As of 7 P.M., the Philippine Atmospheric Geophysical and Astronomical Services Administration said “Butchoy” (Guchol) was too far north of the Philippines to cause any storm signals in the country while the United States Joint Typhoon Warning Center , a joint U.S. Navy – U.S. Air Force task force responsible for the issuing of tropical cyclone warnings in the North West Pacific Ocean, South Pacific Ocean and Indian Ocean, branded it a super-typhoon during its 5 P.M. update.
Also, the Joint Typhoon Warning Center, or JWTC, along with the Japan Meteorological Agency projected that “Butchoy” may change direction Monday and eventually move towards southern Japan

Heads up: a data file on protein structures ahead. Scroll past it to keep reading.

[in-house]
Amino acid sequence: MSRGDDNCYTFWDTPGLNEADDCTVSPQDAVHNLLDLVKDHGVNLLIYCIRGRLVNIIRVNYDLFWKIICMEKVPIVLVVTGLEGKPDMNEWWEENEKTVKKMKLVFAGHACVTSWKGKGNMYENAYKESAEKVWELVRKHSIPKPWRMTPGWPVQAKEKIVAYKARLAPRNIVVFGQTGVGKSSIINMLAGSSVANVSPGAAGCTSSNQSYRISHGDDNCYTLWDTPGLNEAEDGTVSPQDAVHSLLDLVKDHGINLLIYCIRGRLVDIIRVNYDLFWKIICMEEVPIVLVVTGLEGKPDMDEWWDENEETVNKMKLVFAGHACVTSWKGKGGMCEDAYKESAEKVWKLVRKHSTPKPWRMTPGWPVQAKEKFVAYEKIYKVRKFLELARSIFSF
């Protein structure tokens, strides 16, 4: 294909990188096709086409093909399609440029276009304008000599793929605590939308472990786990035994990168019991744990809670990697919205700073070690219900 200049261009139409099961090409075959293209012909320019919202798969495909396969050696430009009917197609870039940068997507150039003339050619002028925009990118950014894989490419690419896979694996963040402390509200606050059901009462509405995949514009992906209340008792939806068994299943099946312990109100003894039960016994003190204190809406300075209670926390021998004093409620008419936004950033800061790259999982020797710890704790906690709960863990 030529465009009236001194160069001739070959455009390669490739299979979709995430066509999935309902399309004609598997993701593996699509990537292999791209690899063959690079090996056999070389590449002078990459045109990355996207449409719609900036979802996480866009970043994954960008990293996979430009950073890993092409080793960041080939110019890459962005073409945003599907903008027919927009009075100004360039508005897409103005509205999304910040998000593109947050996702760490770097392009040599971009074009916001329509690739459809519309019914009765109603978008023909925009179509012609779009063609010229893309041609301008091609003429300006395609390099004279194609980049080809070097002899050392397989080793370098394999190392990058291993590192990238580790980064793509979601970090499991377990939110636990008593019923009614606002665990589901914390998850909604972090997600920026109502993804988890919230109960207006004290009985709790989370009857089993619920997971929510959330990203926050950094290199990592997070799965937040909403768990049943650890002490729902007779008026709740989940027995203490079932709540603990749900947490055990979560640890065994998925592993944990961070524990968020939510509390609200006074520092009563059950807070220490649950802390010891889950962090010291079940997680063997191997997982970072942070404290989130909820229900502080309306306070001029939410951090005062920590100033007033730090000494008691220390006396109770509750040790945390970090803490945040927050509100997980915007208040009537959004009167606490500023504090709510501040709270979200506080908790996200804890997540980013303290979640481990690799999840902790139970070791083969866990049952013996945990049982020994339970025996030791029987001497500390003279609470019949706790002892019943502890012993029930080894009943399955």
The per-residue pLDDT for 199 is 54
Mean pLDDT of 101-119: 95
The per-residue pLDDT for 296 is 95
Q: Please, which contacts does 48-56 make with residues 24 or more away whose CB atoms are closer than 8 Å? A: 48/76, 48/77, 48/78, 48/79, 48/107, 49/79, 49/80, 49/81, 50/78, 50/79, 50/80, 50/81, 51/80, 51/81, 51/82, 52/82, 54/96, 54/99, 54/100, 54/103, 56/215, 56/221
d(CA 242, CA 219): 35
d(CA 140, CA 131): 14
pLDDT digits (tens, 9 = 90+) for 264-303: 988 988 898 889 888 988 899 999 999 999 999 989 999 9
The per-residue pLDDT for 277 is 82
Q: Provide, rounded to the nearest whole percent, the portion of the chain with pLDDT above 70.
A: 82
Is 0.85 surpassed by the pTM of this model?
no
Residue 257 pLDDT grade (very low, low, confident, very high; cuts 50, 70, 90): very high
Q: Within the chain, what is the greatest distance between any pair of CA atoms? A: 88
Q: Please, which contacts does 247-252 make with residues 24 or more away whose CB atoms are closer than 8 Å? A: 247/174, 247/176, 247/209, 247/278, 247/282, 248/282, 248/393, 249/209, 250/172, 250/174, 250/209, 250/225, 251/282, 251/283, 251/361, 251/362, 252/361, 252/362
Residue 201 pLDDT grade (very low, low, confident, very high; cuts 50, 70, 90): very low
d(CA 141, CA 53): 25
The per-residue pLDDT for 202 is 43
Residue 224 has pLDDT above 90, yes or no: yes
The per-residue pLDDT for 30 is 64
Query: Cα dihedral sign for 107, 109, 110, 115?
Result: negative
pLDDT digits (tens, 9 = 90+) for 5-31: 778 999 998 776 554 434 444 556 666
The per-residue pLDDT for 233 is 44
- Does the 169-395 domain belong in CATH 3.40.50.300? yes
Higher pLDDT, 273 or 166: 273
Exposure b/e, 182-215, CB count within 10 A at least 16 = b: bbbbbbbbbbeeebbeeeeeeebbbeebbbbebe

However, despite the absence of storm signals, PAGASA also said that the southwest monsoon will continue to affect Luzon, and may trigger flash floods and landslides over parts of Western Luzon.
PAGASA said “Butchoy” was estimated at about 550 kilometer east of Aparri, Cagayan as of 4 P.M., with maximum sustained winds of 185 kilometers per hour near the center and gustiness of up to 220 kph, and was moving north at 22 kph.
“Luzon and Western Visayas will have occasional rain becoming frequent over the western section of Luzon which may trigger flash floods and landslides,” it said.
The rest of the country will be partly cloudy to cloudy with isolated rain showers or thunderstorms, it added.
PAGASA also said moderate to strong winds blowing from the southwest will prevail over the whole archipelago with moderate to rough seas.
Also, PAGASA said strong to gale-force winds associated with the southwest monsoon and “Butchoy” may affect the seaboards of Luzon and Visayas.
“Fishing boats and other small seacrafts are advised not to venture out into the sea while larger sea vessels are alerted against big waves,” it said. — DVM, GMA News